Assume that $\mathcal P(A-B)= \mathcal P(A)$. Prove that $A\cap B = \varnothing$.
What I did: I tried proving this directly and I got stuck.
Let $X$ represent a nonempty set, and let $X\in\mathcal P(A-B)$.
By definition of power set and set difference:
$X\subseteq A$ and $X\nsubseteq B$.
By definition of a subset and subset negation:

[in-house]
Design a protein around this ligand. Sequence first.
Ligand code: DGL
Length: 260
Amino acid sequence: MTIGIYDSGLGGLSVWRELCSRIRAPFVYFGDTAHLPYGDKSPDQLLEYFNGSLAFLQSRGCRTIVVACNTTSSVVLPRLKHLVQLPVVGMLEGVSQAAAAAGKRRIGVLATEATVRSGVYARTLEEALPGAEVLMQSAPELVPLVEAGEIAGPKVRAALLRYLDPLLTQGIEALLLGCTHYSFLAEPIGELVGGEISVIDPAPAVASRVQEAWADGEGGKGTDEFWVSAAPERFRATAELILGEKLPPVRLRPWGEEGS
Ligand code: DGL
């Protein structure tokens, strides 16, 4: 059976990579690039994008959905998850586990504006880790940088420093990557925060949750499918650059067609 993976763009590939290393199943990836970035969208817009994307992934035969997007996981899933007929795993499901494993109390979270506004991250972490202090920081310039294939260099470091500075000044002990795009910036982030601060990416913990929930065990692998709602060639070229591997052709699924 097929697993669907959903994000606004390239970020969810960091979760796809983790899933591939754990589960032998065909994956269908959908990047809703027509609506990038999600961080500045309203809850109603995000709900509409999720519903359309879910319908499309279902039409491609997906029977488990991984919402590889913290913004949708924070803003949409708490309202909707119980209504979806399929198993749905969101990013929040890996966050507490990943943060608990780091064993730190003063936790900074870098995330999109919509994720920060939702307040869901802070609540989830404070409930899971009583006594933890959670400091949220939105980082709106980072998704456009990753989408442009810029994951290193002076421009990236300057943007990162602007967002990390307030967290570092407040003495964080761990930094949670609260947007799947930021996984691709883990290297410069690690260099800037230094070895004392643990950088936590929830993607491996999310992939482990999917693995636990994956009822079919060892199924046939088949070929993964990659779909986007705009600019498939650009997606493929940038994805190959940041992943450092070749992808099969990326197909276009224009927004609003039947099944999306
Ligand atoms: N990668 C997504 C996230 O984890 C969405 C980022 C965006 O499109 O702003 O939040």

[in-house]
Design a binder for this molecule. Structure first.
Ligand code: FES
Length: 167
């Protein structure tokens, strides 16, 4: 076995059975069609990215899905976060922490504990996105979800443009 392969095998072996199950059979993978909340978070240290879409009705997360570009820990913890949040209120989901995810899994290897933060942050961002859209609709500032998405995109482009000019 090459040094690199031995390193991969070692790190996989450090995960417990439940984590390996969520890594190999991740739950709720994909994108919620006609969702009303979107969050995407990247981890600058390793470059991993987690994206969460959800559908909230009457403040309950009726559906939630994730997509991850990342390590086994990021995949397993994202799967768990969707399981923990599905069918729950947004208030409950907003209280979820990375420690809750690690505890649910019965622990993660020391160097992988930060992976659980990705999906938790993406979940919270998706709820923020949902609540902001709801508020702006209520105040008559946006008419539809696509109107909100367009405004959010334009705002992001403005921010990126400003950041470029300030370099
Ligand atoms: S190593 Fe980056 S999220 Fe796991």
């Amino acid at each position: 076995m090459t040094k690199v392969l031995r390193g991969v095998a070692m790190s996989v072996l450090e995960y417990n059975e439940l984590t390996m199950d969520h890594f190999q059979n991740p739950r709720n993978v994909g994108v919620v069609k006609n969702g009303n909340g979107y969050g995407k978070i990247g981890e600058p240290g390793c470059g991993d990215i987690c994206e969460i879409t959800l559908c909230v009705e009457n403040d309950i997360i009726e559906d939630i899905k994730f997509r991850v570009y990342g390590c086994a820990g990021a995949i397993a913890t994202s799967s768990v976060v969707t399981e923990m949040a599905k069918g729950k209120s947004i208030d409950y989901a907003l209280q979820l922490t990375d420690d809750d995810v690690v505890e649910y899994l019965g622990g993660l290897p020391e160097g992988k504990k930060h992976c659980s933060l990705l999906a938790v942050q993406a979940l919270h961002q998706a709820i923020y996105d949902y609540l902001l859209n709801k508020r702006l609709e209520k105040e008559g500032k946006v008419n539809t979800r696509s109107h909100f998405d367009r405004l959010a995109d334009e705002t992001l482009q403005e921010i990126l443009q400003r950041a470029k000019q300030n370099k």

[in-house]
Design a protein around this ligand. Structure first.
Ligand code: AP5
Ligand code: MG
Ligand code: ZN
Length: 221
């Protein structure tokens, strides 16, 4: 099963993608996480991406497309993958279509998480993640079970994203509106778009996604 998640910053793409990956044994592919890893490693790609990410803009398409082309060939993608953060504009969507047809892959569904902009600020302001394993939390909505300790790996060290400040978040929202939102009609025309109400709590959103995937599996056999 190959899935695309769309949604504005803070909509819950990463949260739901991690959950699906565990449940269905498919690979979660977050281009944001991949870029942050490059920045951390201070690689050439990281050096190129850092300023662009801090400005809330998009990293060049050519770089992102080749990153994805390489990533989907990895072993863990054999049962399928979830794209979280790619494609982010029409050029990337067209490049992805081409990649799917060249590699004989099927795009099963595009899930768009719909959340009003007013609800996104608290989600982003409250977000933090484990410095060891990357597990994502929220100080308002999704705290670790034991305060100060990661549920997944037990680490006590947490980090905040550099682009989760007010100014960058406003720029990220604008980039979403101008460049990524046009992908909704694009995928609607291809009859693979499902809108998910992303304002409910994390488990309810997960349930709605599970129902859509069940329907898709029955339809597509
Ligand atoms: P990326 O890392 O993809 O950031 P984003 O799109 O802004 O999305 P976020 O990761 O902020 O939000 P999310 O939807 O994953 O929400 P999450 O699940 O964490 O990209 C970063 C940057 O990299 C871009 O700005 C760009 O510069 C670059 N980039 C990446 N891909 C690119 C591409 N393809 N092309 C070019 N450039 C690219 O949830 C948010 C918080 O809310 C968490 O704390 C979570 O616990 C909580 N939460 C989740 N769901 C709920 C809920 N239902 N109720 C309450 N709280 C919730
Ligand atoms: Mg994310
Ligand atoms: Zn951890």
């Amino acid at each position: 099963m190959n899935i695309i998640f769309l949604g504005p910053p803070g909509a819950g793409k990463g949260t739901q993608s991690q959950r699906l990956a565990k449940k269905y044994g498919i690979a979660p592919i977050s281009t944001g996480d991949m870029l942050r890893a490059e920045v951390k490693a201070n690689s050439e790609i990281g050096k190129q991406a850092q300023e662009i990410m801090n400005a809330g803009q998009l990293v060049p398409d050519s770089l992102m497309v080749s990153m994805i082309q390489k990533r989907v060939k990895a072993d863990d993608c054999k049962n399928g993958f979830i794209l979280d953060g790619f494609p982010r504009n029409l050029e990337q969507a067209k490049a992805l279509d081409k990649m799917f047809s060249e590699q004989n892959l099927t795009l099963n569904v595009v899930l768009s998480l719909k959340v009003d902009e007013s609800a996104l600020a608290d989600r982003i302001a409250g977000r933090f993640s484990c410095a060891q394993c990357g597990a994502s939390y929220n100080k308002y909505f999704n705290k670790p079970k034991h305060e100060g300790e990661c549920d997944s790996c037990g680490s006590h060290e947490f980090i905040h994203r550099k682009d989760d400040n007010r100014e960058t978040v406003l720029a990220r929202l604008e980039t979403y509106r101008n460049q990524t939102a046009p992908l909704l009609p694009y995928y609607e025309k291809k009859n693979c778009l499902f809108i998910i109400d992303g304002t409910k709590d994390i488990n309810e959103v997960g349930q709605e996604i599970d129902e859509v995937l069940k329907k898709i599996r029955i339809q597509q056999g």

Let $y$ be an arbitrary element of $X$ such that: $(\forall y)(y \in X \rightarrow y \in A)\land (\exists y)(y \in X \land y \nsubseteq B)$
This is where I get stuck, how do I confirm I have no common elements with the fact that there is at least one element they don't share?
I also tried proving the contrapositive by assuming that the intersection is not disjoint, where I let $X$ be a subset in the intersection then $X$ must belong to both $A$ and $B$ and that's where I got stuck.
I apologize for bad formatting first time poster